The two major US exchanges are the New York Stock Exchange (NYSE) and the Nasdaq. They are both based in New York and are open Monday through Friday from 9:30 a.m. to 4 p.m. EST.

Beyond regular trading hours, stock markets close for only nine federal holidays. On early-closure days, typically the days preceding and following a market holiday, regular trading ends at 1 p.m.

You may think trading stops outside of normal stock market hours, but there’s more to the story. Most stock futures, which are contracts traders use to speculate an underlying asset’s price and trade in the direction of that index, start trading at 6 p.m. EST on Sundays. This is why it’s not unusual to see a stock-market-related headline over the weekend.

Stock market trading hours around the world

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The Toronto Stock Exchange operates from 9:30 a.m. to 4:00 p.m. EST.

For individuals who wish to invest in international exchanges, that’s an option, but time disparities can present a challenge. Many international exchanges have the same hours in local time as those of the US. And although traders can place orders before opening, the trades have to be executed during the hours in which that market operates.

Here are the regular trading hours for some of the biggest stock exchanges in the world:

  • Canada: The Toronto Stock Exchange has a market capitalization of $2.1 trillion and operates from 9:30 a.m. to 4:00 p.m. EST.
  • China: The Shanghai Stock Exchange has a market capitalization of $4.9 trillion and operates locally from 9:30 a.m. to 3 p.m., or 9:30 p.m. to 3 a.m. EST.
  • Hong Kong: The Hong Kong Stock Exchange has a market capitalization of $4.4 trillion and operates locally from 9:30 a.m. to 4 p.m., or 9:30 p.m. to 4 a.m. EST.
  • India: The Bombay Stock Exchange has a market capitalization of $1.7 trillion and operates locally from 9 a.m. to 4 p.m., or 11:30 p.m. to 6:30 a.m. EST.
  • Japan: The Tokyo Stock Exchange is the largest Japanese exchange and the second largest globally, with a market capitalization of $5.7 trillion. It operates locally from 9 a.m. to 3 p.m., or 8 p.m. to 2 a.m. EST.
  • Netherlands: Euronext is based in the Netherlands and is the largest stock exchange in Europe, with a market capitalization of 3.9 trillion. It operates locally from 8 a.m. to 4:40 p.m., or 2 a.m. to 10:40 a.m. EST.
  • United Kingdom: The London Stock Exchange considers itself the most international global exchange, featuring more than 3,000 listings and a market capitalization of $3.2 trillion. It operates locally from 8 a.m. to 4:30 p.m., or 3 a.m. to 11:30 a.m. EST.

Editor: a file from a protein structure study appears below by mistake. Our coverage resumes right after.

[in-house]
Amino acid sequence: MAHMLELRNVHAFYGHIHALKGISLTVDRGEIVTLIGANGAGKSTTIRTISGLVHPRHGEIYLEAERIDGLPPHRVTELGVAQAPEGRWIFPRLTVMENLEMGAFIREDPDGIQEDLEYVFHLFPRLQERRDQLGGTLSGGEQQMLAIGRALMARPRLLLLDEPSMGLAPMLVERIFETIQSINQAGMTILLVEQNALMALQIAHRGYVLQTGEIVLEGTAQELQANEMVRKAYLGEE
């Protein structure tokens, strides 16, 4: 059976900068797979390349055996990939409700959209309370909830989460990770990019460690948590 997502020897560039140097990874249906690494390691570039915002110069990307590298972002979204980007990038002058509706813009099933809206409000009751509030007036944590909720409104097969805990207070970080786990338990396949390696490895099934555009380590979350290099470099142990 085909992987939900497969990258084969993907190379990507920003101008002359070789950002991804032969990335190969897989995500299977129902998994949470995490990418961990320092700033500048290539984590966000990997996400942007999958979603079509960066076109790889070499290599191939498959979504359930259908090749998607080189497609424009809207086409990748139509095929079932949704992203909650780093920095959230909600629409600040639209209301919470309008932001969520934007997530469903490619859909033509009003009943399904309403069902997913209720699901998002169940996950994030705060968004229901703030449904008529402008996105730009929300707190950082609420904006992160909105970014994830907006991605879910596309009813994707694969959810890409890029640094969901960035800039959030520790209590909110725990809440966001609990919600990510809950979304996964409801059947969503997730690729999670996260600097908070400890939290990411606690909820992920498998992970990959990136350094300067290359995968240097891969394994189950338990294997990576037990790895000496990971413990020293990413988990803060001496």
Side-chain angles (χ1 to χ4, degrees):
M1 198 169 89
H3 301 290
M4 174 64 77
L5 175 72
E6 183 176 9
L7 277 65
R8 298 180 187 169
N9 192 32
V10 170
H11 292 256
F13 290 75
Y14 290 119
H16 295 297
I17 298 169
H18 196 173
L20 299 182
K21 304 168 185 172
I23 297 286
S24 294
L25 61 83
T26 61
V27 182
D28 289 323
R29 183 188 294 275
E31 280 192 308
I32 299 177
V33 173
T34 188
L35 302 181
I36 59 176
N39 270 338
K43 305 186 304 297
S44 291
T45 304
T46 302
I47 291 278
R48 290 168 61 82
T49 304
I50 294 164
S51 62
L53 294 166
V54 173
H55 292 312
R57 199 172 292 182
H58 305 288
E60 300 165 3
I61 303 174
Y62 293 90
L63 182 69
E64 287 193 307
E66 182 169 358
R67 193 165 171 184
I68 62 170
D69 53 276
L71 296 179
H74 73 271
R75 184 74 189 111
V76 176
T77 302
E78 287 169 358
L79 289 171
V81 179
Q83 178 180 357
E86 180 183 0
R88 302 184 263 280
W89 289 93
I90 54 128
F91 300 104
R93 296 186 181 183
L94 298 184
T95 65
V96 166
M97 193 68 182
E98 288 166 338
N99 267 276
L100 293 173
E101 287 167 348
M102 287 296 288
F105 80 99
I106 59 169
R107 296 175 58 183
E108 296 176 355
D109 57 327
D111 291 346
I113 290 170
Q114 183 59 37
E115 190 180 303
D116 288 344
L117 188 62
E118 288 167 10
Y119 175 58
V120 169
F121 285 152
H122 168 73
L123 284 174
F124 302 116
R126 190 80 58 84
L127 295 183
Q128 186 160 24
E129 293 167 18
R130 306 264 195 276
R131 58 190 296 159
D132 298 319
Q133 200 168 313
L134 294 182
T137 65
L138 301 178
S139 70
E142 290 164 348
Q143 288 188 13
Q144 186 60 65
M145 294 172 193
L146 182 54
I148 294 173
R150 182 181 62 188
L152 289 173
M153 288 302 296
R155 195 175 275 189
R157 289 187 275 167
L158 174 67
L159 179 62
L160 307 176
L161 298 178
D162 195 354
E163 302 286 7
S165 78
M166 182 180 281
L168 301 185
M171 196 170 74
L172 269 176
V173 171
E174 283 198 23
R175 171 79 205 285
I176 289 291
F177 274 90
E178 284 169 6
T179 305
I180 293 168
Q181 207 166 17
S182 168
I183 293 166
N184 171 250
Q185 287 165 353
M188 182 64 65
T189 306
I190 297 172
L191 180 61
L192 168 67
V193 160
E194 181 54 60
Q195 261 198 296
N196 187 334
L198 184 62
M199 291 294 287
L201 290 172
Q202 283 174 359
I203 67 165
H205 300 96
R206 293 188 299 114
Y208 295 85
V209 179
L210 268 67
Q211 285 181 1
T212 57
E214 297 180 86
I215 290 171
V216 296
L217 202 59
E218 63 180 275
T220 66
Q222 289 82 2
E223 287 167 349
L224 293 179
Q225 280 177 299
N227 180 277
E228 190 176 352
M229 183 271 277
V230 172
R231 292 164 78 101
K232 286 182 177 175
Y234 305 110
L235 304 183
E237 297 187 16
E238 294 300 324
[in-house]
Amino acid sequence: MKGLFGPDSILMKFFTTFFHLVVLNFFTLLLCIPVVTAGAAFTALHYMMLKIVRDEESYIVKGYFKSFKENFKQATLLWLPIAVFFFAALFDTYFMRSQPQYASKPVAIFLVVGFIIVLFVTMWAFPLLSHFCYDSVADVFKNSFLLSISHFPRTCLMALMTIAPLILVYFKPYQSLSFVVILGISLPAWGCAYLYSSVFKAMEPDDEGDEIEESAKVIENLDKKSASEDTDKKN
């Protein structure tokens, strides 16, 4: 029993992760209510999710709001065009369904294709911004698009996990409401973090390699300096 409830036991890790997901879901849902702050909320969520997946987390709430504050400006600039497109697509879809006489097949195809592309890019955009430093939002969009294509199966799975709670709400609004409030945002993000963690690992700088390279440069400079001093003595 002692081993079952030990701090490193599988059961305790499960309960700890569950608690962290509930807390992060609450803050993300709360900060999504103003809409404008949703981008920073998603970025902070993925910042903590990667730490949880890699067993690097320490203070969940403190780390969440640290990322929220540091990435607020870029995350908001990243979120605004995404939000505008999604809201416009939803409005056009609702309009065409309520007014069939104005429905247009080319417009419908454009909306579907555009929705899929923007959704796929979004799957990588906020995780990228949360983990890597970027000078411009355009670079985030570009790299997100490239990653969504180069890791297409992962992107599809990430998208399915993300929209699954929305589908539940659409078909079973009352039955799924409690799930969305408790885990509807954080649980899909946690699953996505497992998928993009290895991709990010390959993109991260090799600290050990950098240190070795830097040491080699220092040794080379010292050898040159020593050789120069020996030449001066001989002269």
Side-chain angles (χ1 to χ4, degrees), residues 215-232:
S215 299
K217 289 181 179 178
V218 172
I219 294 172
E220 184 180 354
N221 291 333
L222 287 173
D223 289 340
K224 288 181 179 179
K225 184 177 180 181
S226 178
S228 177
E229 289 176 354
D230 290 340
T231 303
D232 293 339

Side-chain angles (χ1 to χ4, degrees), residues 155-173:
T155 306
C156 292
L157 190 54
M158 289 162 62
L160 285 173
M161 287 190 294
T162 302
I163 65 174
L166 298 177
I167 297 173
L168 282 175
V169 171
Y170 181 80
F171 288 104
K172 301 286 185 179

Investing through foreign exchanges can be done by setting up an international account through most major stock brokerages, but individuals should consider the complexities of foreign currency exchange, as well as the tax implications of trading globally before opting to go this route.

What is extended-hours trading?

Extended trading occurs when the market closes and an investor buys or sells a security outside of regular trading hours.

Extended-hours trading is performed via electronic communications networks, and includes both pre-market and after-hours trading. However, volume on these trades is limited since there are fewer participants.

Investors typically seek to trade outside of normal hours when major news, like an earnings release, inspires them to buy or sell, but comes after the exchange has closed or before it opens.

After-hours trading can be a strong indicator of which direction the market will open, and it should be noted that most extended-hour trades happen close to normal trading hours, since relevant news is usually released either right before markets open or soon after they close.

The three stock trading sessions

  • Pre-market: Runs from as early as 4 a.m. to market open at 9:30 a.m. EST.
  • Regular market hours: Spans from 9:30 a.m. to 4 p.m.
  • After-hours: Begins at 4 p.m. and can run until 8 p.m. EST, but trading volume tends to slow down considerably by around 6pm.

Risks of extended trading

Though extended trading allows investors to act fast and beat the rest of the market, it comes with some risks to be aware of.

  • Less liquidity: Extended-hours trading has lower trading volume than traditional hours, and some stocks can’t be traded at all outside of traditional hours. This makes it harder to execute trades and causes lower liquidity.
  • Higher volatility: Due to lower trading volume, trades during extended hours often come with larger spreads, or differences between an equity’s bid and ask price. This can make it harder for investors to carry out transactions at the desired price and can facilitate drastic price movements.
  • Price uncertainty: In the same vein as above, high volatility makes it harder to predict a stock’s price outside of traditional trading hours, and an equity’s price during extended hours doesn’t always closely align with its price during normal trading hours.

Where there’s risk, there’s room for reward. Trading outside of normal hours comes with the major perk of allowing investors to react to news, like poor earnings, immediately after it’s announced instead of having to wait for an exchange to open, by which time a stock’s price may already have dropped drastically.

The financial takeaway

The main US stock exchanges – the NYSE and the Nasdaq – are open from 9:30 a.m. to 4 p.m on weekdays, but individuals can trade outside of these hours, too. Extended-hours trading allows investors to act fast following news that might affect a stock’s price.

Trading beyond normal hours can be risky, since stocks are less liquid and more volatile, but can also be worth it.